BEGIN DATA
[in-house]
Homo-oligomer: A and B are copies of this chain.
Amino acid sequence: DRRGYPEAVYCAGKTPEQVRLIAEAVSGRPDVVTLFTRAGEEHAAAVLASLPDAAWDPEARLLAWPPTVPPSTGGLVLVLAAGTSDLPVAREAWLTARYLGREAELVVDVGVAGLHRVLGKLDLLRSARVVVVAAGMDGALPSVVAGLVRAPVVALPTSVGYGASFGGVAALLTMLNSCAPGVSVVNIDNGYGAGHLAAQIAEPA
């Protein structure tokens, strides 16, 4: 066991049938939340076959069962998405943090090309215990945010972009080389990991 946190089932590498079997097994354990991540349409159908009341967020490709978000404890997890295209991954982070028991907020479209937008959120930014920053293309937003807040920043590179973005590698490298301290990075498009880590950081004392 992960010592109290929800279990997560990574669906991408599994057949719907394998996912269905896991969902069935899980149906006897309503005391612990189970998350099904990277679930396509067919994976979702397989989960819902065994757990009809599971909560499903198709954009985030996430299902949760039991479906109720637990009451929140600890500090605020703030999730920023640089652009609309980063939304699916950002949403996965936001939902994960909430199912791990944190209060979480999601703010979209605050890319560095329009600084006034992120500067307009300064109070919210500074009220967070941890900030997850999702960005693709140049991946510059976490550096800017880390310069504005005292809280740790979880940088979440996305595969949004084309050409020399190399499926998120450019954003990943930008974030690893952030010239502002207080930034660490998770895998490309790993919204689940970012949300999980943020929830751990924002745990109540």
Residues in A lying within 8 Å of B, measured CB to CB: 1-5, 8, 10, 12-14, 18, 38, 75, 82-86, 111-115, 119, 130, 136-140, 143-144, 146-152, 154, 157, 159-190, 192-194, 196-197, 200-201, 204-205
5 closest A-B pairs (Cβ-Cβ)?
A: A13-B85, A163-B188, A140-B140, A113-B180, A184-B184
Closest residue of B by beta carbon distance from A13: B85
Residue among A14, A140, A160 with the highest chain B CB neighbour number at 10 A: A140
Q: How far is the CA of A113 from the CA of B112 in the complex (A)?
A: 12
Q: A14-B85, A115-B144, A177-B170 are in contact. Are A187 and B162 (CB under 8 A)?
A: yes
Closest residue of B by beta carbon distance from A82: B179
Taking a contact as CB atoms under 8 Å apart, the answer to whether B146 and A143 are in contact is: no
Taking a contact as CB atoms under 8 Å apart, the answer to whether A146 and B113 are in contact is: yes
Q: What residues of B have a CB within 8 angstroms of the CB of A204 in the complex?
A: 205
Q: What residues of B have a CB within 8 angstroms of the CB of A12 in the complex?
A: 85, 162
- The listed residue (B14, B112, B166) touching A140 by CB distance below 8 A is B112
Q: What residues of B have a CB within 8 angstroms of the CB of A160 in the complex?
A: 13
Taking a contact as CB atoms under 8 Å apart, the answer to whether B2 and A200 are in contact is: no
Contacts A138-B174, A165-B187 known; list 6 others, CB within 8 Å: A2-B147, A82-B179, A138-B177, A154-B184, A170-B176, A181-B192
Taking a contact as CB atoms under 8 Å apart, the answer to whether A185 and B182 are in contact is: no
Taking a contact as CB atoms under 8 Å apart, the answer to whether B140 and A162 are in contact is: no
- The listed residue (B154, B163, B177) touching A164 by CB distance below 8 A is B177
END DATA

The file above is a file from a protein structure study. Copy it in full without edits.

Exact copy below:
[in-house]
Homo-oligomer: A and B are copies of this chain.
Amino acid sequence: DRRGYPEAVYCAGKTPEQVRLIAEAVSGRPDVVTLFTRAGEEHAAAVLASLPDAAWDPEARLLAWPPTVPPSTGGLVLVLAAGTSDLPVAREAWLTARYLGREAELVVDVGVAGLHRVLGKLDLLRSARVVVVAAGMDGALPSVVAGLVRAPVVALPTSVGYGASFGGVAALLTMLNSCAPGVSVVNIDNGYGAGHLAAQIAEPA
């Protein structure tokens, strides 16, 4: 066991049938939340076959069962998405943090090309215990945010972009080389990991 946190089932590498079997097994354990991540349409159908009341967020490709978000404890997890295209991954982070028991907020479209937008959120930014920053293309937003807040920043590179973005590698490298301290990075498009880590950081004392 992960010592109290929800279990997560990574669906991408599994057949719907394998996912269905896991969902069935899980149906006897309503005391612990189970998350099904990277679930396509067919994976979702397989989960819902065994757990009809599971909560499903198709954009985030996430299902949760039991479906109720637990009451929140600890500090605020703030999730920023640089652009609309980063939304699916950002949403996965936001939902994960909430199912791990944190209060979480999601703010979209605050890319560095329009600084006034992120500067307009300064109070919210500074009220967070941890900030997850999702960005693709140049991946510059976490550096800017880390310069504005005292809280740790979880940088979440996305595969949004084309050409020399190399499926998120450019954003990943930008974030690893952030010239502002207080930034660490998770895998490309790993919204689940970012949300999980943020929830751990924002745990109540």
Residues in A lying within 8 Å of B, measured CB to CB: 1-5, 8, 10, 12-14, 18, 38, 75, 82-86, 111-115, 119, 130, 136-140, 143-144, 146-152, 154, 157, 159-190, 192-194, 196-197, 200-201, 204-205
5 closest A-B pairs (Cβ-Cβ)?
A: A13-B85, A163-B188, A140-B140, A113-B180, A184-B184
Closest residue of B by beta carbon distance from A13: B85
Residue among A14, A140, A160 with the highest chain B CB neighbour number at 10 A: A140
Q: How far is the CA of A113 from the CA of B112 in the complex (A)?
A: 12
Q: A14-B85, A115-B144, A177-B170 are in contact. Are A187 and B162 (CB under 8 A)?
A: yes
Closest residue of B by beta carbon distance from A82: B179
Taking a contact as CB atoms under 8 Å apart, the answer to whether B146 and A143 are in contact is: no
Taking a contact as CB atoms under 8 Å apart, the answer to whether A146 and B113 are in contact is: yes
Q: What residues of B have a CB within 8 angstroms of the CB of A204 in the complex?
A: 205
Q: What residues of B have a CB within 8 angstroms of the CB of A12 in the complex?
A: 85, 162
- The listed residue (B14, B112, B166) touching A140 by CB distance below 8 A is B112
Q: What residues of B have a CB within 8 angstroms of the CB of A160 in the complex?
A: 13
Taking a contact as CB atoms under 8 Å apart, the answer to whether B2 and A200 are in contact is: no
Contacts A138-B174, A165-B187 known; list 6 others, CB within 8 Å: A2-B147, A82-B179, A138-B177, A154-B184, A170-B176, A181-B192
Taking a contact as CB atoms under 8 Å apart, the answer to whether A185 and B182 are in contact is: no
Taking a contact as CB atoms under 8 Å apart, the answer to whether B140 and A162 are in contact is: no
- The listed residue (B154, B163, B177) touching A164 by CB distance below 8 A is B177